Depending on the compiler options, the compiler generates suitable code for the targeted platform.

Do you have any status by now?

~BR

Not knowing specifically what you still want to know, I'll add one or two comments.
fsin, fsincos should be used only with the option /arch:ia32 of the 32-bit compiler. As these instructions use x87 top of stack register, there would be a large delay involved in moving data through memory when mixing them into SSE code.
Provision of SSE2 math functions is among the performance advantages of the Intel compilers. Although a similar math library may be expected to appear some day for gcc, it has been a long time in development.

Quoting - tim18
Not knowing specifically what you still want to know, I'll add one or two comments.
fsin, fsincos should be used only with the option /arch:ia32 of the 32-bit compiler. As these instructions use x87 top of stack register, there would be a large delay involved in moving data through memory when mixing them into SSE code.
Provision of SSE2 math functions is among the performance advantages of the Intel compilers. Although a similar math library may be expected to appear some day for gcc, it has been a long time in development.

Let say I need to call both fmod and __lib_sse2_sincos in my .S asm file and use the assembler "as" and loader "ld" as -

$as -o file.o file.s
$ld -o file file

so I get from "ld" as -
---
file.o(.text+0x68): In function `B3':
: undefined reference to `fmod'
file.o(.text+0x6d): In function `B12':
: undefined reference to `__libm_sse2_sincos'
---

If I incorporate, dynamic-linking "-lm" as "ld -o file -lm file.o", fmod is through which means fmod is define in "libm", but I get an error message from ld as -

--------
file.o(.text+0x6d): In function `B12':
: undefined reference to `__libm_sse2_sincos'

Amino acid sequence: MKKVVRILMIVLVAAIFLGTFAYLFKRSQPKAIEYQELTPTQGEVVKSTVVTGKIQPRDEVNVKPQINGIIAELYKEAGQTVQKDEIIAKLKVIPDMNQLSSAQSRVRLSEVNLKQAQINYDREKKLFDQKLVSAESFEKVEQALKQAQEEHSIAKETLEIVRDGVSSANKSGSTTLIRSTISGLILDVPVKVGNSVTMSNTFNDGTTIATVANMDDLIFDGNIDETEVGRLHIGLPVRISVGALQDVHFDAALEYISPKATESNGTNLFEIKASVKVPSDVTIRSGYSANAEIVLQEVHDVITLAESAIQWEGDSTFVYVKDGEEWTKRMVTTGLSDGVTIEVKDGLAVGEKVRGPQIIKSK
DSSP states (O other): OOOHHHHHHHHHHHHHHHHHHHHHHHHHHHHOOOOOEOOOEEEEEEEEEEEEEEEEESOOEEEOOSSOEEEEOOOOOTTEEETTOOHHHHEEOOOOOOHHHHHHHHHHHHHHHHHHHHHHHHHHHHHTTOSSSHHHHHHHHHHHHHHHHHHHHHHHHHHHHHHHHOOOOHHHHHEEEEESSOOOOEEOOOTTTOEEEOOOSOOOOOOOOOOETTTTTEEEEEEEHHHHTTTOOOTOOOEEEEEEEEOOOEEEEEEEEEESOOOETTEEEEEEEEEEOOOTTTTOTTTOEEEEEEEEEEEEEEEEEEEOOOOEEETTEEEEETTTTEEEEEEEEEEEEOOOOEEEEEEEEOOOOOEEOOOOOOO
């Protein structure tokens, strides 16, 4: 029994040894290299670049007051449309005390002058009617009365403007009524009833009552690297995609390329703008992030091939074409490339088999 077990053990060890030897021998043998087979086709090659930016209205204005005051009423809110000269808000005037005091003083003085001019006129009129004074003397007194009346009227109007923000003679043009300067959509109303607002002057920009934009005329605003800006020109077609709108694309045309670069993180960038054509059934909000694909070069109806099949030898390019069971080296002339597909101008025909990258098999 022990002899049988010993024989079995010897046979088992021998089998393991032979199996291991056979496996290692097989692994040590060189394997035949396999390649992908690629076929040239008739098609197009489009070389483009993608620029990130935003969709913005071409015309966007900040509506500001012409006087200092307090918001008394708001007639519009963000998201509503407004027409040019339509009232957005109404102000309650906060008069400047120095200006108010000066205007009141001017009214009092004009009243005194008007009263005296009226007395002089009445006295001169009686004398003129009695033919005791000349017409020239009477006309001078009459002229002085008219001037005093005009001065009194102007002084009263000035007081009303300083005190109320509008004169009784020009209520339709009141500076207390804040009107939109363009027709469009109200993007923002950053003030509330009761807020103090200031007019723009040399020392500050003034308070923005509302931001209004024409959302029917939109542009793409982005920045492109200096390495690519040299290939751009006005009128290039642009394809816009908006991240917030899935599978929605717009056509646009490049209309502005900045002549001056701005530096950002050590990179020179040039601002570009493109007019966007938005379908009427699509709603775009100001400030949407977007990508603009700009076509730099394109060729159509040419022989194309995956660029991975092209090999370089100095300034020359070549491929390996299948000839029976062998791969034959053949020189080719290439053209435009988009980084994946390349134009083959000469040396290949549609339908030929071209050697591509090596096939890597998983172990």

-------

As, I said earlier, __lib_sse2_sincos is defined in both ../../11.0/074/include/math.h & ../../11.0/074/include/mathimf.h , do you have any information if __libm_sse2_sincos is provided as one of the contents of any library which I can either call through static or dynamic linking

OR

How can I pass reference to __libm_sse2_sincos in .S file in .bss section of it, such that when I perform "call __lib_sse2_sincos", ld understands the memory reference of it as an address.

Also, you qouted "Although a similar math library may be expected to appear some day for gcc ..." could I either have some reference or link to it, great news .. Thanks.

~BR

You could use dumpbin or the utility of your choice to see which of the libraries provided by icc include this function, and you could generate a .s file for an example .c file to see how icc invokes it. It's not really intended to be invoked except by standard C or C++ sin/cos intrinsics, as far as I know, and I don't see a good reason for you to pursue your tack.
I haven't seen any schedule for submission of gcc-compatible SSE3 libraries.

Quoting - tim18
You could use dumpbin or the utility of your choice to see which of the libraries provided by icc include this function, and you could generate a .s file for an example .c file to see how icc invokes it. It's not really intended to be invoked except by standard C or C++ sin/cos intrinsics, as far as I know, and I don't see a good reason for you to pursue your tack.
I haven't seen any schedule for submission of gcc-compatible SSE3 libraries.

I have done that becoz of which the initial Thread for __lib_sse2_sincos was posted. I am convinced with the reason of fsin & fsincos of yours for x87 and SSE stack.....Thanks.

Looking if someone from Intel Compiler Team could suggest either with a .S prototype of calling __lib_sse2_sincos or is their any dynamic/static linking possible for __lib_sse2_sincos. Intel Compiler team might have used _lib_sse2_sincos either in .S call or as -I/../..include/mathimf.h .

~BR